15. K. Otomo, T. Hibi, Y.-C. Fang, J.-H. Hung, M. Tsutsumi, R. Kawakami, H. Yokoyama, and T. Nemoto, “Advanced easySTED microscopy based on two-photon excitation by electrical modulations of light pulse wavefronts,” Biomed. Opt. Express 9(6), 2671–2680 (2018).
    [Crossref] [PubMed]
  16. J.-H. Hung, K. Sato, Y.-C. Fang, L.-H. Peng, T. Nemoto, and H. Yokoyama, “Generation of high-peak-power sub-nanosecond 650-nm-band optical pulses based on semiconductor-laser-controlling technologies,” Appl. Phys. Express 10(10), 102701 (2017).
    [Crossref]
  17. Y. Kusama, Y. Tanushi, M. Yokoyama, R. Kawakami, T. Hibi, Y. Kozawa, T. Nemoto, S. Sato, and H. Yokoyama, “7-ps optical pulse generation from a 1064-nm gain-switched laser diode and its application for two-photon microscopy,” Opt. Express 22(5), 5746–5753 (2014).
    [Crossref] [PubMed]
  18. K. Sawada, R. Kawakami, Y.-C. Fang, J.-H. Hung, Y. Kozawa, K. Otomo, S. Sato, H. Yokoyama, and T. Nemoto, “Improvement of two-photon microscopic imaging in deep regions of living mouse brains by utilizing a light source based on an electrically controllable gain-switched laser diode,” Proc. SPIE 10498, 104982L (2018).
    [Crossref]
  19. M. Castello, G. Tortarolo, I. Coto Hernández, T. Deguchi, A. Diaspro, and G. Vicidomini, “Removal of anti-Stokes emission background in STED microscopy by FPGA-based synchronous detection,” Rev. Sci. Instrum. 88(5), 053701 (2017).
    [Crossref] [PubMed]
  20. V. Westphal and S. W. Hell, “Nanoscale Resolution in the Focal Plane of an Optical Microscope,” Phys. Rev. Lett. 94(14), 143903 (2005).
  21. T. Ghelani and S. J. Sigrist, “Coupling the Structural and Functional Assembly of Synaptic Release Sites,” Front. Neuroanat. 12, 81 (2018).
    [Crossref] [PubMed]
  22. S. Schrof, T. Staudt, E. Rittweger, N. Wittenmayer, T. Dresbach, J. Engelhardt, and S. W. Hell, “STED nanoscopy with mass-produced laser diodes,” Opt. Express 19(9), 8066–8072 (2011).
    [Crossref] [PubMed]
  23. R. G. Zhai, H. Vardinon-Friedman, C. Cases-Langhoff, B. Becker, E. D. Gundelfinger, N. E. Ziv, and C. C. Garner, “Assembling the Presynaptic Active Zone: A Characterization of an Active One Precursor Vesicle,” Neuron 29(1), 131–143 (2001).
    [Crossref] [PubMed]
  24. G. Vicidomini, A. Schönle, H. Ta, K. Y. Han, G. Moneron, C. Eggeling, and S. W. Hell, “STED Nanoscopy with Time-Gated Detection: Theoretical and Experimental Aspects,” PLoS One 8(1), e54421 (2013).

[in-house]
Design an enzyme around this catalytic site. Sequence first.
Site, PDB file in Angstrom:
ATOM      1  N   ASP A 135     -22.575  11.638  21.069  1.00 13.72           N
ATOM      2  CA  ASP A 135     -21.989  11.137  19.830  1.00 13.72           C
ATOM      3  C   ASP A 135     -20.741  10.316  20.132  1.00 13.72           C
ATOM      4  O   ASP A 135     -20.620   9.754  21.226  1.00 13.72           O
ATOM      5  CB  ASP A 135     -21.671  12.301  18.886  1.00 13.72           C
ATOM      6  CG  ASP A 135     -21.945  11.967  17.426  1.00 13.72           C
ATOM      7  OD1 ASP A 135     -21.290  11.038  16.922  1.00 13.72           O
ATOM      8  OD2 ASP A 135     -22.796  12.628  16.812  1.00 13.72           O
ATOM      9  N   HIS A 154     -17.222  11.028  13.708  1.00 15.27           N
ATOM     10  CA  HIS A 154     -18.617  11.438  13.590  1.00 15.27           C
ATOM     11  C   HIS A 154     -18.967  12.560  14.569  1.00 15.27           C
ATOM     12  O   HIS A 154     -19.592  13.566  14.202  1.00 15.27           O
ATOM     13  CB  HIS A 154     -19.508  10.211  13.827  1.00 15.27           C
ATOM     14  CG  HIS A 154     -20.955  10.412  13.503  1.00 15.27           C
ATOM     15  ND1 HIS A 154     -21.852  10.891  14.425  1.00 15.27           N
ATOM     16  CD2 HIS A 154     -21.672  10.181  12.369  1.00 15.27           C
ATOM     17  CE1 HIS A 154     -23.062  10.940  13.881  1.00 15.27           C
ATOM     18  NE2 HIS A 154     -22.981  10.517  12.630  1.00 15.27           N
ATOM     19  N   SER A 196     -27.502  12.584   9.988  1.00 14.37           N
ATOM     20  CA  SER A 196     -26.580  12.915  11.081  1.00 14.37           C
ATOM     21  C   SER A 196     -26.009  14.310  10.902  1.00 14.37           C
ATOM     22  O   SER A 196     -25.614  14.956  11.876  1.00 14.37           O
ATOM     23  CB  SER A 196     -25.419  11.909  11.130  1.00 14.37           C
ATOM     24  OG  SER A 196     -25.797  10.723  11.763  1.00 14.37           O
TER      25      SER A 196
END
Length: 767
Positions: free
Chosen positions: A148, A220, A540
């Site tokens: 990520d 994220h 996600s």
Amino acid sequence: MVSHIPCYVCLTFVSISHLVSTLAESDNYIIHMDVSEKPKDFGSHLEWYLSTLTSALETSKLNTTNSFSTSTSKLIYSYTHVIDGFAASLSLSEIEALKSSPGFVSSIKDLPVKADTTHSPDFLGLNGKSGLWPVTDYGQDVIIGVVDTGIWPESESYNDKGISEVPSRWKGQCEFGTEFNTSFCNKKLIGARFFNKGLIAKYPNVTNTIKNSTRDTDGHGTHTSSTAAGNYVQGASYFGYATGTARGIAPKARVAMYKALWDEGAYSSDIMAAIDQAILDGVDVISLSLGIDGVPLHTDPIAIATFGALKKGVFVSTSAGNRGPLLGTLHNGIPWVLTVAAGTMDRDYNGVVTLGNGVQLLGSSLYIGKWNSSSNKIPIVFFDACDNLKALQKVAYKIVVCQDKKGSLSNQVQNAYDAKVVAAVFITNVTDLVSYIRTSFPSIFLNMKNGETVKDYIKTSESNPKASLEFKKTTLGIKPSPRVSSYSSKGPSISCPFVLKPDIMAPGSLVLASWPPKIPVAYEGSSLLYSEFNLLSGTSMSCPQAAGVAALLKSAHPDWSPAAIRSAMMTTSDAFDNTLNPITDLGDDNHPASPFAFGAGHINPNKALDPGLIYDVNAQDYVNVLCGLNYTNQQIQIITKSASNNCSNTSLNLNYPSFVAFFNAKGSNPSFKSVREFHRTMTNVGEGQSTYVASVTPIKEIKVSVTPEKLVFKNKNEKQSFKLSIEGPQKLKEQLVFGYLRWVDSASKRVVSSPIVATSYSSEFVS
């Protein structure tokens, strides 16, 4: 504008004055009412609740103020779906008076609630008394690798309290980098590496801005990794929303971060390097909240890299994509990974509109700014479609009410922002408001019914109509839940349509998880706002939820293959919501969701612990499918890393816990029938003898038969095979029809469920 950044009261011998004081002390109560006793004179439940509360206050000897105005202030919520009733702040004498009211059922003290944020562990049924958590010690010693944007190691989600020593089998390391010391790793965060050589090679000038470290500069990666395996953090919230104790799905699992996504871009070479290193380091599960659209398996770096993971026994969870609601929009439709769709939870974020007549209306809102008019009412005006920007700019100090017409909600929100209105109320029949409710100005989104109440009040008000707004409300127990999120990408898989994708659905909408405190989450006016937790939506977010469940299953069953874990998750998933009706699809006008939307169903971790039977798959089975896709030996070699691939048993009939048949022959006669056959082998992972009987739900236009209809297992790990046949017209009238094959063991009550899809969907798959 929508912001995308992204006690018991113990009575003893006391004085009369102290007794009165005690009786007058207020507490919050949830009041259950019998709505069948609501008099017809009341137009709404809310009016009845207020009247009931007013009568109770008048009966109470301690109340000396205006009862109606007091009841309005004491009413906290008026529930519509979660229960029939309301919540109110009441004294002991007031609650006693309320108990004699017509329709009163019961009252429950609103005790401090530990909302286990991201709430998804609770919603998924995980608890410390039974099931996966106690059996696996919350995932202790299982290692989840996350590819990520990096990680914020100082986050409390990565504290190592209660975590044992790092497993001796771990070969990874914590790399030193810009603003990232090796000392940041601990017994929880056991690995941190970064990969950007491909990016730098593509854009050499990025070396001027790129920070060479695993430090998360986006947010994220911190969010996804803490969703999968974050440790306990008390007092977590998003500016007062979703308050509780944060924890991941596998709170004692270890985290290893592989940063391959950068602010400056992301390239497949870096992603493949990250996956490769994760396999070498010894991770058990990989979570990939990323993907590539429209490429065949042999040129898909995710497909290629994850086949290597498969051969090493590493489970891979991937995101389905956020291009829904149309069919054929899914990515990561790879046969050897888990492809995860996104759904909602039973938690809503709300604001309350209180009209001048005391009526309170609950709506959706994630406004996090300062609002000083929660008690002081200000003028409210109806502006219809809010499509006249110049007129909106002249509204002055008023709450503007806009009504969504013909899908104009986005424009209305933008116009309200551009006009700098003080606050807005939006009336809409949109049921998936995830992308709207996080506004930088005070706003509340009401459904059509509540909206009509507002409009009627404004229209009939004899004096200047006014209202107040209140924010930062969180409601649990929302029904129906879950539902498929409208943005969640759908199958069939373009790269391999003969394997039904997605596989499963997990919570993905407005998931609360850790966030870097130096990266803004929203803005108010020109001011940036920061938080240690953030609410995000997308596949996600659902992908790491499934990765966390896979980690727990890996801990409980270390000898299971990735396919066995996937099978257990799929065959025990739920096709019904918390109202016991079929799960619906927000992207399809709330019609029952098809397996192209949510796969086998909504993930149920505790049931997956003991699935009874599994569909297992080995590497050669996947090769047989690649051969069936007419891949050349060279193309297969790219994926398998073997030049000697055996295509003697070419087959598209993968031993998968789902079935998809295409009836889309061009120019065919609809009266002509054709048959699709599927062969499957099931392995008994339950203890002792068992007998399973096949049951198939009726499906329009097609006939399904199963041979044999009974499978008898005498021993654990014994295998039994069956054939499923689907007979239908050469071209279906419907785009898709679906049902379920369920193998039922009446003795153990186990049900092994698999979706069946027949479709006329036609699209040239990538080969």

[Crossref] [PubMed]
  25. M. Castello, G. Tortarolo, I. C. Hernández, P. Bianchini, M. Buttafava, G. Boso, A. Tosi, A. Diaspro, and G. Vicidomini, “Gated-sted microscopy with subnanosecond pulsed fiber laser for reducing photobleaching,” Microsc. Res. Tech. 79(9), 785–791 (2016).
    [Crossref] [PubMed]
  26. J. Oracz, V. Westphal, C. Radzewicz, S. J. Sahl, and S. W. Hell, “Photobleaching in STED nanoscopy and its dependence on the photon flux applied for reversible silencing of the fluorophore,” Sci. Rep. 7(1), 11354 (2017).
    [Crossref] [PubMed]

2018 (3)

K. Otomo, T. Hibi, Y.-C. Fang, J.-H. Hung, M. Tsutsumi, R. Kawakami, H. Yokoyama, and T. Nemoto, “Advanced easySTED microscopy based on two-photon excitation by electrical modulations of light pulse wavefronts,” Biomed. Opt. Express 9(6), 2671–2680 (2018).
[Crossref] [PubMed]

K. Sawada, R. Kawakami, Y.-C. Fang, J.-H. Hung, Y. Kozawa, K. Otomo, S. Sato, H. Yokoyama, and T. Nemoto, “Improvement of two-photon microscopic imaging in deep regions of living mouse brains by utilizing a light source based on an electrically controllable gain-switched laser diode,” Proc. SPIE 10498, 104982L (2018).
[Crossref]

T. Ghelani and S. J. Sigrist, “Coupling the Structural and Functional Assembly of Synaptic Release Sites,” Front. Neuroanat. 12, 81 (2018).
[Crossref] [PubMed]

2017 (3)

J. Oracz, V. Westphal, C. Radzewicz, S. J. Sahl, and S. W. Hell, “Photobleaching in STED nanoscopy and its dependence on the photon flux applied for reversible silencing of the fluorophore,” Sci. Rep. 7(1), 11354 (2017).
[Crossref] [PubMed]

M. Castello, G. Tortarolo, I. Coto Hernández, T. Deguchi, A. Diaspro, and G. Vicidomini, “Removal of anti-Stokes emission background in STED microscopy by FPGA-based synchronous detection,” Rev. Sci. Instrum. 88(5), 053701 (2017).
[Crossref] [PubMed]

J.-H. Hung, K. Sato, Y.-C. Fang, L.-H. Peng, T. Nemoto, and H. Yokoyama, “Generation of high-peak-power sub-nanosecond 650-nm-band optical pulses based on semiconductor-laser-controlling technologies,” Appl. Phys. Express 10(10), 102701 (2017).
[Crossref]

2016 (2)

M. Castello, G. Tortarolo, I. C. Hernández, P. Bianchini, M. Buttafava, G. Boso, A. Tosi, A. Diaspro, and G. Vicidomini, “Gated-sted microscopy with subnanosecond pulsed fiber laser for reducing photobleaching,” Microsc. Res. Tech. 79(9), 785–791 (2016).
[Crossref] [PubMed]